Food and non-alcoholic beverages contributed most to the upward movement in the CPI annual rate with Shop-bought milk prices witnessing an increase above 2% in March in contrast to a fall of 8% in 2006. (National Statistics, 2007). Bread, cereals and meat witnessed small upward effects while downward movements in the index were contributed by fruits. (National Statistics, 2007).
In addition, upward effects on the CPI were contributed by recreation and culture, transport, furniture, household equipment and routine maintenance while a large downward effect came from housing and household services, owing to a greater extent in the fall in the price of gas and to a lesser extent to a drop in the price of electricity. (National Statistics, 2007). See figures 5, 6 and 7. Figure 5 Source: UK National Statistics (2007) Figure 6
In the case of the retail price index upward pressure on the annual rate was contributed mainly by household goods, electrical appliances and food while minimal contributions came from housing and motoring expenditures. (National Statistics, 2007). On the other hand large downward contributions cane from fuel and light as a result of gas and electricity. (National Statistics, 2007). See Figures 8, 9 and 10. High interest rates result in a reduction in the present value of future cash flows thus reducing the net present value of investments as well as the attractiveness of investment opportunities.
(Bodie et al, 2002). Real interest rates therefore remain key determinants of business investment expenditures. (Bodie et al, 2002). Since interest rates affect interest payments, the demand for housing and high-priced consumer durables such as automobiles is largely determined by interest rates. (Bodie et al, 2002). The lower the interest rates, the higher will be the demand and vice versa. The figure 11 above shows the movements in interest rates based on data from the Bank of England.
It can be seen that the interest rates have been falling over the last 10years with an average figure of about 5%. This means that investment opportunities in the United Kingdom are becoming more and more attractive over the years. Budget Deficit. The budget deficit is the difference between government spending and government revenues. (Bodie et al, 2002). Budget deficits must be offset by government borrowing. (Bodie et al, 2002). Large budget deficits signal negative information as they can result to large amounts of government borrowing thereby forcing up interest rates.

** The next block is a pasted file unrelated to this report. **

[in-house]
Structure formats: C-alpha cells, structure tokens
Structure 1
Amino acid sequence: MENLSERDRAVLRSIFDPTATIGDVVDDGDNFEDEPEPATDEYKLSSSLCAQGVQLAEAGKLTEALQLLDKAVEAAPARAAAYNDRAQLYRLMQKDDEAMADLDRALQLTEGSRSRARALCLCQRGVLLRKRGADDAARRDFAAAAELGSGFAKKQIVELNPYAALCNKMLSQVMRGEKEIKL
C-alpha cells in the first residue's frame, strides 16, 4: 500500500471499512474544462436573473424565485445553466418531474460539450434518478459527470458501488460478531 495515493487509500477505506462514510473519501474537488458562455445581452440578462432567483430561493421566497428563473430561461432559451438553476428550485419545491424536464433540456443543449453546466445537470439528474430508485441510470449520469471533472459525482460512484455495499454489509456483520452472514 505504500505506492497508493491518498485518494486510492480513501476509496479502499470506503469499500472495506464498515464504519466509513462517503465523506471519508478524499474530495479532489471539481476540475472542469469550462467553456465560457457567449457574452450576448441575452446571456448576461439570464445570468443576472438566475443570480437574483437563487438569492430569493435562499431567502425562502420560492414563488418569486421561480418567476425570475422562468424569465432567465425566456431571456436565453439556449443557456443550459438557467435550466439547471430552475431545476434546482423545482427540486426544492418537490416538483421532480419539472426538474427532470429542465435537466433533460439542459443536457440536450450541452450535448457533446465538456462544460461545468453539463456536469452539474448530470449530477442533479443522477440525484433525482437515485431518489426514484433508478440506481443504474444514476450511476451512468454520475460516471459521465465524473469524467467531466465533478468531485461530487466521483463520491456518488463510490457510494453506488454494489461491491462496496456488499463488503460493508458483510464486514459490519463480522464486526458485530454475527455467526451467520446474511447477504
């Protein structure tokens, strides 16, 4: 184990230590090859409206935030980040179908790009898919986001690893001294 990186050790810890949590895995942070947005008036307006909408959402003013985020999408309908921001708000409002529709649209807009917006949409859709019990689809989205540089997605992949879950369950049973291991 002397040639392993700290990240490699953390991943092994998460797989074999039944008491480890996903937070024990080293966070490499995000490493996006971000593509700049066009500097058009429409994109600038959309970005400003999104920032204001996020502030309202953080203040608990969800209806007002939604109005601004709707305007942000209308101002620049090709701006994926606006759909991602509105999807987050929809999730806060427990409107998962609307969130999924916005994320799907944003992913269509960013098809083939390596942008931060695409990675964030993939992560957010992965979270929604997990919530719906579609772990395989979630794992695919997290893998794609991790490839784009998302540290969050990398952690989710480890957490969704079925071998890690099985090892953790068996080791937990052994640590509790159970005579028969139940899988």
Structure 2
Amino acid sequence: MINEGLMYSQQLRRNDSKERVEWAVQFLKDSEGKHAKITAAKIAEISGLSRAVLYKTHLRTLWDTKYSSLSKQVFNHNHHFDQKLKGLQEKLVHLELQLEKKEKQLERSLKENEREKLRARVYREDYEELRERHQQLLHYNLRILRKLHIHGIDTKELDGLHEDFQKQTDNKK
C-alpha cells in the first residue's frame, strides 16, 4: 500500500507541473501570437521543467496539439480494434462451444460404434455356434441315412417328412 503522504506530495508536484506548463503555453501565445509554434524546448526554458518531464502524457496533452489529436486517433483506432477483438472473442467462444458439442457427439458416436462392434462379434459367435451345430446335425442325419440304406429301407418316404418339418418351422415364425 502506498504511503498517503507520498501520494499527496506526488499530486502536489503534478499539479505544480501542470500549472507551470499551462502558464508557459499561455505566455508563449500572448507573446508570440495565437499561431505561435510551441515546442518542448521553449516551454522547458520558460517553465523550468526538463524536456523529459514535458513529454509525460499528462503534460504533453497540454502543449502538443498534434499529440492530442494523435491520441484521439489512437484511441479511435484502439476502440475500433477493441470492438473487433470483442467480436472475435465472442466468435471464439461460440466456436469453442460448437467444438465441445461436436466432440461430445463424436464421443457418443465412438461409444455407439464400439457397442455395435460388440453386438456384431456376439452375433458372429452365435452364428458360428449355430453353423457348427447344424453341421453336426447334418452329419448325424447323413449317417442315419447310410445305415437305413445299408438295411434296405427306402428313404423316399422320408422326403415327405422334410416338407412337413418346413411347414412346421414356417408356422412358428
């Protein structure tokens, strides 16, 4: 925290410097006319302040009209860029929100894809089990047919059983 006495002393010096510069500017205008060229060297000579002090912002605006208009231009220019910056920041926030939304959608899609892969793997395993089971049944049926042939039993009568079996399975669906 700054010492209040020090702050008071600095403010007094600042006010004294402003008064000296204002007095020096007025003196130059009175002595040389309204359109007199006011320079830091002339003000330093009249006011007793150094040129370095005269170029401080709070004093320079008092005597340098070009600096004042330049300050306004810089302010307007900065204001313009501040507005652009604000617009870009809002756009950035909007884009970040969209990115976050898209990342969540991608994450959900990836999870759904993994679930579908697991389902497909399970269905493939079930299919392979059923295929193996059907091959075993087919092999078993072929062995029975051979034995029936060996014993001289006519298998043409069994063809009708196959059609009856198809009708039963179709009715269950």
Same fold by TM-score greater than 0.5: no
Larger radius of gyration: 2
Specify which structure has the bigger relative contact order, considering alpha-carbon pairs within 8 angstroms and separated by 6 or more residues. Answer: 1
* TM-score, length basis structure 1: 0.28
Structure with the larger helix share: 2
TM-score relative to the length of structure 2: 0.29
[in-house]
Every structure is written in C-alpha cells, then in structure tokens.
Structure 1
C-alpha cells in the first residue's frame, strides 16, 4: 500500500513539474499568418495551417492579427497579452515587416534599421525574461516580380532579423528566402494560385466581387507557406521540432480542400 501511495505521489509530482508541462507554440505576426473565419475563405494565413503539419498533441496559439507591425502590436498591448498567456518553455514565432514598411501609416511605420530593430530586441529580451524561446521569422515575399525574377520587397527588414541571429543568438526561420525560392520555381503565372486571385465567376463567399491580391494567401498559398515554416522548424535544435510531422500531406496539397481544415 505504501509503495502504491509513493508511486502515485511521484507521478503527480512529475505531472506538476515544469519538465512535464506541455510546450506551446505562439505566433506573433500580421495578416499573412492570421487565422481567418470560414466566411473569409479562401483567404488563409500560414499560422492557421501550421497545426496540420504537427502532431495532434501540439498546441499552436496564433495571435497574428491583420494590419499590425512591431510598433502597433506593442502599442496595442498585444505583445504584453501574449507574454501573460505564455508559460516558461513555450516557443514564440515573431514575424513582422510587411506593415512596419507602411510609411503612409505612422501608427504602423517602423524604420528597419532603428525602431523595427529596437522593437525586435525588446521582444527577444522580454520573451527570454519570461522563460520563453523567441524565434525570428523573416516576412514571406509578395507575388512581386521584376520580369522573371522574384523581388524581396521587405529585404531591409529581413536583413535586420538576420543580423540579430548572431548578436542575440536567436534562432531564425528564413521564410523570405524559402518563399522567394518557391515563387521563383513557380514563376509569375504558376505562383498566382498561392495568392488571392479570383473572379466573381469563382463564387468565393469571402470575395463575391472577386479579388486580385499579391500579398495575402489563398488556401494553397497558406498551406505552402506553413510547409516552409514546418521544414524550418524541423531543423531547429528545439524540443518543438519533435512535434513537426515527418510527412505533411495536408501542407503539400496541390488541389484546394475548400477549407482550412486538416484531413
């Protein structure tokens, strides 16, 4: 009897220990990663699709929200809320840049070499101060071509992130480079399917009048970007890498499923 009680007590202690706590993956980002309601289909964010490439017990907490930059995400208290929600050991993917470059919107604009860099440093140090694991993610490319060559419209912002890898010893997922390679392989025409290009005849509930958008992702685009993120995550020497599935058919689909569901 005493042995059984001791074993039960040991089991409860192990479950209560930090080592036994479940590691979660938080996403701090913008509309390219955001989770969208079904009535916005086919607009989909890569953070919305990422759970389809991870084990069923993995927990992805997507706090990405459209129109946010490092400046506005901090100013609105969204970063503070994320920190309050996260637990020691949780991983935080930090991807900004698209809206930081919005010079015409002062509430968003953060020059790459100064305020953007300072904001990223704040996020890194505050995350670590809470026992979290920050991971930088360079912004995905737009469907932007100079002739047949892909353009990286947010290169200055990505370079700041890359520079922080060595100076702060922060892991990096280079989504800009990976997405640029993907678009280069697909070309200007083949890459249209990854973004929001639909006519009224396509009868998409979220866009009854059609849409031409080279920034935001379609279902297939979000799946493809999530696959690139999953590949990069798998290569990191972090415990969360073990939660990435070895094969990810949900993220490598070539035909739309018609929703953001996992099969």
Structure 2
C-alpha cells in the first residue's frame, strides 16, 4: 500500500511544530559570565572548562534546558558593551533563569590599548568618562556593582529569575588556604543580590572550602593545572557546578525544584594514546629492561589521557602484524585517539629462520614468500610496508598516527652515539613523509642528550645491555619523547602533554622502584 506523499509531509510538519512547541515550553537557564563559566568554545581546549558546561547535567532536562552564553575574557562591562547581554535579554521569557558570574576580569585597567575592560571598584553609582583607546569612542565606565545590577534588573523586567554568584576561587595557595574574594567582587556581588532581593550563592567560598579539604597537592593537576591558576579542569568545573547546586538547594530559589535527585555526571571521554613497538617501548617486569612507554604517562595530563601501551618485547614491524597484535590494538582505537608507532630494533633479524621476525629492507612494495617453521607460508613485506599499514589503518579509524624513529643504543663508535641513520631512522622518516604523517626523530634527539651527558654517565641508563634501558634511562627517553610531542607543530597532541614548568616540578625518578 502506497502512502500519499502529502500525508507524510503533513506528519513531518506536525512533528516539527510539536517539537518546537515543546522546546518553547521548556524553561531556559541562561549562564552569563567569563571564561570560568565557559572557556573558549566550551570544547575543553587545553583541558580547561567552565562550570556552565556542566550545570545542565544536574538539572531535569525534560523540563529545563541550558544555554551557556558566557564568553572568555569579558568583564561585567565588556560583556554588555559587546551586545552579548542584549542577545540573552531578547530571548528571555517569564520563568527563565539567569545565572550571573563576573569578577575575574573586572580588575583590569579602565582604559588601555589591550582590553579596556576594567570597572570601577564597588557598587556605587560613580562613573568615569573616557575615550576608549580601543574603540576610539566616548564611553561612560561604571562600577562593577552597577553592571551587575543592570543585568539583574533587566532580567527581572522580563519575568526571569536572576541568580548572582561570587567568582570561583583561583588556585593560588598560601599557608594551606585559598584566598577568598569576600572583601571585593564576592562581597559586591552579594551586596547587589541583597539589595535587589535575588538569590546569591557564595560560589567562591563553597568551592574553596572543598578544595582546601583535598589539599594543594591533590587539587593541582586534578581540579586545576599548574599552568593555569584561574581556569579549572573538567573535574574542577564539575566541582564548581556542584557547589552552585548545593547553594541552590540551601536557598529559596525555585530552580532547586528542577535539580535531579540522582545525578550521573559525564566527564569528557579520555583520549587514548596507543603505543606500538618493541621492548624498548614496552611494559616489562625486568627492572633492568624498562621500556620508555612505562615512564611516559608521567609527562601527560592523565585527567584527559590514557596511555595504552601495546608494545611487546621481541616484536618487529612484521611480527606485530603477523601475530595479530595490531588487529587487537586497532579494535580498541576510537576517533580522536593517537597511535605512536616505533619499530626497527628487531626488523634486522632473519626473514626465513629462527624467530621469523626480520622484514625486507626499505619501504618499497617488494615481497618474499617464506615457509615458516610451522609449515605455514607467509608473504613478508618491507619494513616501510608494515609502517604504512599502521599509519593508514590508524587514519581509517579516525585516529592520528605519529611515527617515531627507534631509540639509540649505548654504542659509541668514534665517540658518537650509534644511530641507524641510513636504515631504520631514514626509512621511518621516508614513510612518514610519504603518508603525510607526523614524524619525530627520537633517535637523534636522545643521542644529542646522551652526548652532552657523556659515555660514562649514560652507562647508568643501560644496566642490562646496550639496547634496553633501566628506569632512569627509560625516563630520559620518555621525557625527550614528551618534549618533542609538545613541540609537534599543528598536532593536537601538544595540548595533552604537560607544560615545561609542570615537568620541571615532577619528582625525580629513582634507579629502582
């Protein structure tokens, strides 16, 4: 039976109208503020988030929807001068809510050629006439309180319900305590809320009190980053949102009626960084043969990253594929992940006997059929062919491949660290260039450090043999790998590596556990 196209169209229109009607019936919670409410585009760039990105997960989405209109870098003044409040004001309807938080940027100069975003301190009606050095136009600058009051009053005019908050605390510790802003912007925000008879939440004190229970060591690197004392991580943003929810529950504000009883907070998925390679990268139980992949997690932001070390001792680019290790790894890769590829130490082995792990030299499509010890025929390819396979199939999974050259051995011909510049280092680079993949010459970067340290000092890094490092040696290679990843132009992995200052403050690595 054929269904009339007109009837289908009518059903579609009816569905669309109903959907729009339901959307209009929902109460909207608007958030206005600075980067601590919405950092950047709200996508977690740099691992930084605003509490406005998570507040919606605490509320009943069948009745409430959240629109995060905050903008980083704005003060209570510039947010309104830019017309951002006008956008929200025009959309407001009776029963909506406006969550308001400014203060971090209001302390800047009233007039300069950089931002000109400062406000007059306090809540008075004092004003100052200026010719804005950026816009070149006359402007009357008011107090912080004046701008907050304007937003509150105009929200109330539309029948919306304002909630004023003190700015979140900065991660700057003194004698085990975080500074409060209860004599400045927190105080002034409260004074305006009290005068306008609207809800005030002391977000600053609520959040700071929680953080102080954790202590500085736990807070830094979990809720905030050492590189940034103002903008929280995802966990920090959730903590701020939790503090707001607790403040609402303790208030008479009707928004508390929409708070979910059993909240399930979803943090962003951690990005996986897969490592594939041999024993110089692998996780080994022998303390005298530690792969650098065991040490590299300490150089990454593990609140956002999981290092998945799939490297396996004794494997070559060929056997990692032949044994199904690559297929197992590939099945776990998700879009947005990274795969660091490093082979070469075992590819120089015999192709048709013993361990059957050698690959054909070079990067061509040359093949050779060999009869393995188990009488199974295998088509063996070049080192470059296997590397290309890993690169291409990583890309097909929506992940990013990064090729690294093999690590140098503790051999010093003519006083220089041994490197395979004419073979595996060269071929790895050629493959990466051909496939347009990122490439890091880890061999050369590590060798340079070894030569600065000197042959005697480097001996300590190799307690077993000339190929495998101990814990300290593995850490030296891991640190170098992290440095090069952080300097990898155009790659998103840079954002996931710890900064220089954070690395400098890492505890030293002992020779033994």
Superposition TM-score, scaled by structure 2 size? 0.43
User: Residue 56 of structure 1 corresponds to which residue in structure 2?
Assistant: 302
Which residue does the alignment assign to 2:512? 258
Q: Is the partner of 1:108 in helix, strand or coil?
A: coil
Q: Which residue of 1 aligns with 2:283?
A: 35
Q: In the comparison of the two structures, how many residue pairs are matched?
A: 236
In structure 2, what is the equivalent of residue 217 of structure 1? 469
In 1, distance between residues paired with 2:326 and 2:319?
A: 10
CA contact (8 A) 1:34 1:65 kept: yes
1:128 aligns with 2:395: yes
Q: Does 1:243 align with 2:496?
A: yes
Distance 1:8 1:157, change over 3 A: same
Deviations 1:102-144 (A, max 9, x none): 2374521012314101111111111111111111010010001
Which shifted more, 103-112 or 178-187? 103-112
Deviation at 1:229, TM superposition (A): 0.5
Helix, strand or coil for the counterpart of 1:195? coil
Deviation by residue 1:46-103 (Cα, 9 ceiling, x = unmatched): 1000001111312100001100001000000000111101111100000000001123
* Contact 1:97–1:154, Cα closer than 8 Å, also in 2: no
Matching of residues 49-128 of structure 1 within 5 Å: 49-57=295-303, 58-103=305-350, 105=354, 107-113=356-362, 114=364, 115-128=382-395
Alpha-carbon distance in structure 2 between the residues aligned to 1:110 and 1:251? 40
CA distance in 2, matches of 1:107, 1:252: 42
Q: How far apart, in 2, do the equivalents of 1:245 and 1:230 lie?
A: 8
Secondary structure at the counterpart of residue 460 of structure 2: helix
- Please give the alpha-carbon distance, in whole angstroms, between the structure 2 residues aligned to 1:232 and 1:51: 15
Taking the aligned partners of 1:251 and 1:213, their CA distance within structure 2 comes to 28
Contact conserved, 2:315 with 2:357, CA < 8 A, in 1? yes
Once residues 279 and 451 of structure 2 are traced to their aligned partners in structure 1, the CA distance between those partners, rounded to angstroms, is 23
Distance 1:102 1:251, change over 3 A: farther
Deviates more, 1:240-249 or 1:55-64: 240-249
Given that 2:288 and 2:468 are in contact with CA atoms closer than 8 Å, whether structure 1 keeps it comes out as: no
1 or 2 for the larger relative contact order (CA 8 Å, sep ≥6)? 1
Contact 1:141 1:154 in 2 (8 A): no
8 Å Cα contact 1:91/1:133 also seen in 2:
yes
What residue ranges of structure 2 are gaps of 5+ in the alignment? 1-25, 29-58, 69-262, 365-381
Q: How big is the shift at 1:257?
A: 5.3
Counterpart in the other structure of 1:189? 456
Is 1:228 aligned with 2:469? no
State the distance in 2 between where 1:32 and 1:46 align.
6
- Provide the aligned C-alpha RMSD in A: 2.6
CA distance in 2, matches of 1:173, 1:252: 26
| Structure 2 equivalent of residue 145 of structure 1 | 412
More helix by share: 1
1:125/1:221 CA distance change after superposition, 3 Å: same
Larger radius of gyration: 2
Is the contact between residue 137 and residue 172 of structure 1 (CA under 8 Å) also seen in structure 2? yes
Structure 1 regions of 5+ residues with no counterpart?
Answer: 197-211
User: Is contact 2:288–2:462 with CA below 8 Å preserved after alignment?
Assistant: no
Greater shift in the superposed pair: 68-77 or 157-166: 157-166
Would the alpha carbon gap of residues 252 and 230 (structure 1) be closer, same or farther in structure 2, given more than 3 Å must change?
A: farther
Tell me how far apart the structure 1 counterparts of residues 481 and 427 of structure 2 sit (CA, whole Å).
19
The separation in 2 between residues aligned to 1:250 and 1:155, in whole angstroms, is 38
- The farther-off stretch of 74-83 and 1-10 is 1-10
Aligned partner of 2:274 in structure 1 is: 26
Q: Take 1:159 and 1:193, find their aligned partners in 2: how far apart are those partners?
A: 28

(Bodie et al, 2002). This will lead to a reduction in the attractiveness of investment opportunities resulting from negative net present values of future cash flows. (Bodie et al, 2002). Public Sector March: ? 4. 6 bn current budget deficit Source: UK National Statistics (2007) In March 2007, the public sector showed a deficit on current budget of 4. 6 billion, compared with a deficit of ? 3. 0 billion in March 2006. (http://www. statistics. gov. uk/CCI/nugget. asp? ID=206&Pos=1&ColRank=2&Rank=224)
Concentrating on one month in isolation can give a distorted picture as movements can be erratic. In financial year 2006/07 the public sector recorded a deficit of ? 8. 8 billion compared with a deficit of ? 15. 3 billion in the financial year 2005/06. More generally, the public sector recorded deficits between 1991/92 and 1997/98 before moving into surplus in 1998/99. Deficits have been recorded since 2002/03. (http://www. statistics. gov. uk/CCI/nugget. asp? ID=206&Pos=1&ColRank=2&Rank=224)
An alternative measure of the public sector fiscal position is public sector net borrowing. This additionally takes account of capital investment. In March 2007, there was net borrowing of ? 8. 5 billion, which compares with ? 6. 6 billion in March 2006. The Budget forecast for 2006/07 was net borrowing of ? 35. 0 billion. Public sector net debt, expressed as a percentage of gross domestic product (GDP), was 37. 4 per cent at the end of March 2007, compared with 36. 4 per cent at end of March 2006.
Debt peaked at 44.0 per cent of GDP in 1997, its highest since the mid-1980s. The debt ratio then fell steadily as public sector finances improved, reaching a low of 30. 1 per cent in February 2002. Since then it has risen. The Budget forecast for the end of March 2007 was 37. 2 per cent. Net debt was ? 501. 0 billion at the end of March, compared with ? 463. 4 billion a year earlier. The Budget forecast for net debt at the end of March 2007 was ? 500. 0 billion. (National Statistics, 2007). (http://www. statistics. gov. uk/CCI/nugget. asp? ID=206&Pos=1&ColRank=2&Rank=224)